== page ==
A former baseball coach opened a club, Tommy T’s, near his house, and he called and asked the man if there was an open mic night. The man said he had had a comic cancel that night, and could Copeland come do 15 minutes? He could.
“It was 5 o’clock and he wanted me to come in at 9,” Copeland said. “I sat down at my kitchen table and wrote 15 minutes of material about current events. I don’t remember any of the material, but I went in and they laughed, and I was hooked.”
Copeland followed that rush he got from making people laugh. Besides doing stand-up and writing plays, because a radio and TV show host, with his own talk show on San Francisco’s KGO radio for the past 18 years.
He still lives in San Leandro—although in a better part of town, he says. His youngest son, in college now, lives with him, while his daughter has gone into broadcasting, and another son is a musician.
Copeland–whose next play will be about being a single parent—said he talked to his kids before doing The Waiting Period to make sure they were OK with it. They told him if it could help others, to go ahead.
It does help people, says the founder of The Marsh, Stephanie Weisman, who calls the show enjoyable, redemptive and meaningful, as well as funny.
“Imagine you were thinking about killing yourself,” she says. “But then so many things happen that get in the way. So if you think back on them and particularly if you’re a comic, like Brian, they seem funny. It’s called The Waiting Period, and it’s kind of a miracle because if you can just wait it out, you never know what can happen.”
Copeland said to make a show about suicide entertaining, he looked to television writer and producer Norman Lear, whose sitcoms include All in the Family, Maude, and The Jeffersons.
“As kids growing up, we would sit down with our mother and grandmother to watch Norman Lear shows,” he said. “They dealt with serious social issues like race and poverty, but he made it funny one minute and heavy the next, and then funny again.
"When I was writing Not a Genuine Black Man, I sat down and watched the first two seasons of All in the Family to get the rhythm. When I did the show in L.A., he came, and he told me, ‘I love what you’re doing.’ I said, ‘I’m doing you.’ He said, ‘You nailed it.’ I thought that was the coolest thing ever.”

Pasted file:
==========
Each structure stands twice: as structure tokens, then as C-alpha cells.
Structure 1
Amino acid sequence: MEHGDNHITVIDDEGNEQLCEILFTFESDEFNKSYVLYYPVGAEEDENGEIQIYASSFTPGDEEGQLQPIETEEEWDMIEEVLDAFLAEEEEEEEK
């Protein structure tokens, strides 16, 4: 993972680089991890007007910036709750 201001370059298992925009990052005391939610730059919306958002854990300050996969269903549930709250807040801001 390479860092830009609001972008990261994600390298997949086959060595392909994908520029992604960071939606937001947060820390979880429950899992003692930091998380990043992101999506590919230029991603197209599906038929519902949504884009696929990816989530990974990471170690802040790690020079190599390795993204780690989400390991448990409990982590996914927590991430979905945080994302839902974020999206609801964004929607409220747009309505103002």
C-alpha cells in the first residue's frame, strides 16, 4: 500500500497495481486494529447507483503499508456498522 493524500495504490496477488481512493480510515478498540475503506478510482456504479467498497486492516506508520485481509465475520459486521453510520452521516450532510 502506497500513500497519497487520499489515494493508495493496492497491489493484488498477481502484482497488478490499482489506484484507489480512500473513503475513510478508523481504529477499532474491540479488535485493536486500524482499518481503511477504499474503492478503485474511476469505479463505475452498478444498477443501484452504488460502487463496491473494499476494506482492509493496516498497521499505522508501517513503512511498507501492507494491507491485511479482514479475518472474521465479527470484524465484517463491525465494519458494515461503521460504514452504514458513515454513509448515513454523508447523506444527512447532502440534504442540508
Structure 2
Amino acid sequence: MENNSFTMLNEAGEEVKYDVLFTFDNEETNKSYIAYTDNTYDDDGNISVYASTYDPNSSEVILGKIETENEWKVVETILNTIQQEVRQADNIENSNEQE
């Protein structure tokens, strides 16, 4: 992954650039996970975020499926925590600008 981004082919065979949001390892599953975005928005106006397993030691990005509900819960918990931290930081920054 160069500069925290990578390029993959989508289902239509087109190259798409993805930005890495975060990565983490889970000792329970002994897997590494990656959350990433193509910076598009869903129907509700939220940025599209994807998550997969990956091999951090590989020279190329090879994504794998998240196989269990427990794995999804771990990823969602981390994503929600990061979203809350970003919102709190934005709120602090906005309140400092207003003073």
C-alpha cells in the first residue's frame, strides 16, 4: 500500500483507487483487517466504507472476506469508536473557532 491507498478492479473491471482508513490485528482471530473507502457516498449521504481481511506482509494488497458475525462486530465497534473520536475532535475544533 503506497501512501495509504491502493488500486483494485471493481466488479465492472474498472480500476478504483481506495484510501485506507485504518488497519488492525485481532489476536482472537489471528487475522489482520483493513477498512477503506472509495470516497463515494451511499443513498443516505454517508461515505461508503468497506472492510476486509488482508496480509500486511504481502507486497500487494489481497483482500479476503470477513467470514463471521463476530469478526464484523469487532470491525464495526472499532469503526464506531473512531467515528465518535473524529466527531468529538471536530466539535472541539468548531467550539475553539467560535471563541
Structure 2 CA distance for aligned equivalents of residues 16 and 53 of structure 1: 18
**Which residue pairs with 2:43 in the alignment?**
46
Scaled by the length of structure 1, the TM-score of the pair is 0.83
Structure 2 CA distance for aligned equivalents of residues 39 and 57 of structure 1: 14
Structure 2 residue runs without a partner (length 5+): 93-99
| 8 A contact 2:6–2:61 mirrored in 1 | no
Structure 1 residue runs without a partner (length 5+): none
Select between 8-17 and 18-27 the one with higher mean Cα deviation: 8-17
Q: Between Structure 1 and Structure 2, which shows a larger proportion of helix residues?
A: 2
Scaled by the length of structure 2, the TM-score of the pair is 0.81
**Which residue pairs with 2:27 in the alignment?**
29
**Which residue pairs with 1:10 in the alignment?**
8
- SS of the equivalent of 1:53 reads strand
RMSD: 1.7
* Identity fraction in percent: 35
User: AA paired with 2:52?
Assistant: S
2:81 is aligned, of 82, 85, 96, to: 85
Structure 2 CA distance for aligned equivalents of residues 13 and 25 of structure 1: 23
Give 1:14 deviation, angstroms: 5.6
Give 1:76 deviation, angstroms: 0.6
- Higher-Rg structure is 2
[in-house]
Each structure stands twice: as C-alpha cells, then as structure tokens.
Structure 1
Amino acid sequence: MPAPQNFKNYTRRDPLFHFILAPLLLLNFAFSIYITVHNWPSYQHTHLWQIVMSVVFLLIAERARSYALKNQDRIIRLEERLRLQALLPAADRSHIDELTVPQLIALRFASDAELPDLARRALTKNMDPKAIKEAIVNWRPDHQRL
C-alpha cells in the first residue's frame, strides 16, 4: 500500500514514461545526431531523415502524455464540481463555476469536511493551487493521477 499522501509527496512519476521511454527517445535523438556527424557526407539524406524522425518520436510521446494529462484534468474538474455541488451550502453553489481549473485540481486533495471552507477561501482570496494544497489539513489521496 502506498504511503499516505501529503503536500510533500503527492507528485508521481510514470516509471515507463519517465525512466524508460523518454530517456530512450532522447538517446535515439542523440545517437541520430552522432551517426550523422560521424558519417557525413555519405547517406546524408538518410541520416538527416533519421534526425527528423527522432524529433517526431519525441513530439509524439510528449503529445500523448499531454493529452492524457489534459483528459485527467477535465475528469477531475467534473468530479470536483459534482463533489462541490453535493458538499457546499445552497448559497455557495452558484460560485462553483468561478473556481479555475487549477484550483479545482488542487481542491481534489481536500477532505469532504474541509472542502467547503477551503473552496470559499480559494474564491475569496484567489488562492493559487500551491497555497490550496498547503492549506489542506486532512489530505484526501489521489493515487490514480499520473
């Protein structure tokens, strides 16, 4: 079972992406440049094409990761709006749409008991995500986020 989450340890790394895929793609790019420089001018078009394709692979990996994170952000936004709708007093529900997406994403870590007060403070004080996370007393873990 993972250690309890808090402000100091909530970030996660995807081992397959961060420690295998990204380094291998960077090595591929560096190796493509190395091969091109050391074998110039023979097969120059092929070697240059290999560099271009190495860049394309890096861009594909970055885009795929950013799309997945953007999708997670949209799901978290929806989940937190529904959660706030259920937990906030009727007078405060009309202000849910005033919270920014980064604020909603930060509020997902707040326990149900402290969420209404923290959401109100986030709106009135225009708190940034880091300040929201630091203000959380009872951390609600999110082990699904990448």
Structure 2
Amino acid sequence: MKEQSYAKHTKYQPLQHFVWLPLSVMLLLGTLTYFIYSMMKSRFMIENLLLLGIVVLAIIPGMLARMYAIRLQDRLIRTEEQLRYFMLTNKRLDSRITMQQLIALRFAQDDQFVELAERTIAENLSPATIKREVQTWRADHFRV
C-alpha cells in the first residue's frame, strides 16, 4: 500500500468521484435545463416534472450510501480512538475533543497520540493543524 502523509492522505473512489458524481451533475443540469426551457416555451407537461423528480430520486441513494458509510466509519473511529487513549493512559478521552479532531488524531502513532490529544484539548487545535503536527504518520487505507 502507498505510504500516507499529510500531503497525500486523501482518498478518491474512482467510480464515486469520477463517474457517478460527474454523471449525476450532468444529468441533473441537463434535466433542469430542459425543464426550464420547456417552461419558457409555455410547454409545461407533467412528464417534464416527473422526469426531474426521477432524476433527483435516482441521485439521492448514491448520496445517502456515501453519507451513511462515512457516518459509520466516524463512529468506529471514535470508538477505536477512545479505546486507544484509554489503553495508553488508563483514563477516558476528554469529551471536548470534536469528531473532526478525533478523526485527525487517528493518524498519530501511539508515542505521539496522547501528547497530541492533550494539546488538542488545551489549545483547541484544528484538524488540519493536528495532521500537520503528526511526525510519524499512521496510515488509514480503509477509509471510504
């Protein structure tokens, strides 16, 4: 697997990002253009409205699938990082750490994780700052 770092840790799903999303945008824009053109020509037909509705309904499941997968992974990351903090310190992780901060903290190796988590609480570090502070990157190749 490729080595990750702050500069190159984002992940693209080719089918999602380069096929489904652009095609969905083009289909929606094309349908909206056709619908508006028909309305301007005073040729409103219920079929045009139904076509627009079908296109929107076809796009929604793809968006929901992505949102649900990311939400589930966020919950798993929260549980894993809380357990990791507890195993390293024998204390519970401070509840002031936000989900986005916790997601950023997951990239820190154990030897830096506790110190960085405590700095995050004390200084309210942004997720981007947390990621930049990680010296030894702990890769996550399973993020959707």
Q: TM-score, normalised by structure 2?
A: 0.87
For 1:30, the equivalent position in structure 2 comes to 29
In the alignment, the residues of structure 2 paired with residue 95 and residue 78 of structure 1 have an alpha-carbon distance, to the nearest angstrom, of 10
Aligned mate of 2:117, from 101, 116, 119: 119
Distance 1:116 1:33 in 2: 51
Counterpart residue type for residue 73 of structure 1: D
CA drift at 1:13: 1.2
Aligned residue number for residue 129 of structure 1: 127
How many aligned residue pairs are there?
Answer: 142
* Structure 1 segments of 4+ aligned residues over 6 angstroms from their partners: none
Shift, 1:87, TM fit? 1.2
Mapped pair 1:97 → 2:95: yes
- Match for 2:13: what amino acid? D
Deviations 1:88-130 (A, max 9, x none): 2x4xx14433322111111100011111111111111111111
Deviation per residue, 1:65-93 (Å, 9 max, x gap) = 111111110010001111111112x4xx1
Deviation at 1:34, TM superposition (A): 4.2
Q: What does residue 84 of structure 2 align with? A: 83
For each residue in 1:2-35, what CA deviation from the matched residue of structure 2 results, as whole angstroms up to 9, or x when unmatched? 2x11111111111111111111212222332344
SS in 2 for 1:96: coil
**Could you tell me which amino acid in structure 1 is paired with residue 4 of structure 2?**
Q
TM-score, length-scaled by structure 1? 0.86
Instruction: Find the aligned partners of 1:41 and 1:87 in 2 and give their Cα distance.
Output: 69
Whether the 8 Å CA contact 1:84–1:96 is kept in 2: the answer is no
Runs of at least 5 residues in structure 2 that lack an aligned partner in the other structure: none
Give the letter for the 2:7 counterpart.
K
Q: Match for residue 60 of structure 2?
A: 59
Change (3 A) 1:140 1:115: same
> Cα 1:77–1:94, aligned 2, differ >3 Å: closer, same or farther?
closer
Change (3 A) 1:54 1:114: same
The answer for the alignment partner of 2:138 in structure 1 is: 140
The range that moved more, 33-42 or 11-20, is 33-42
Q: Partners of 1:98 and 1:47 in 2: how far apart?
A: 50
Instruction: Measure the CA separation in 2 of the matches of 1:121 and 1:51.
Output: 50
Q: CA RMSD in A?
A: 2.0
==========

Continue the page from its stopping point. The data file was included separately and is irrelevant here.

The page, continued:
Copeland says as a public figure he definitely had reservations about getting onstage and talking about suicide.
Depression still has a stigma, he says, (he calls it “the scarlet D”), but he hopes that stigma might be lessening—especially after the death of his friend and fellow Bay Area comic, Robin Williams, who committed suicide in 2014.
“You feel like you knew him because you’d seen him in TV and movies,” Copeland said about Williams. “He’s not one of ‘those people’ where you can say he’s not one of us. In the last 13 months, I’ve had more open discussions about this issue than in previous 13 years.”
There’s no simple answer for how Copeland was able to climb out of the despair he was in when he bought the gun, he says.
In the show, he talks about a sort of spiritual awakening, which allowed him to ask for—and get—help.
“I guess the answer is social engagement and being able to talk to people,” Copeland says. “You cannot do it by yourself. You’re being fed inaccurate information by a voice in your head telling you horrible things–that you’re no good and the world is better without you and no one will miss you. If that’s the only voice you’re hearing, you’re going to believe it.”
Another thing Copeland would like people to know (and he has a scene in the play about this) is what not to say to people who are depressed.
“People say, ‘Snap out of it, the sun is shining, look what what’s happening in Sudan!’” he said. “You wouldn’t say that to someone with cancer. Hopefully people are coming around to understand that depression is not a character flaw.”
People who have felt saved by the show—as well as some of their family members–have contacted Copeland.
One audience member said after seeing The Waiting Period, he recognized signs of suicidal thoughts in his brother, who he convinced to get help.
He sent Copeland an email saying, "All I know is, had I not seen your play, I never would have taken a closer look at the situation and instead of hanging out with my brother this afternoon, I'd be mourning him.”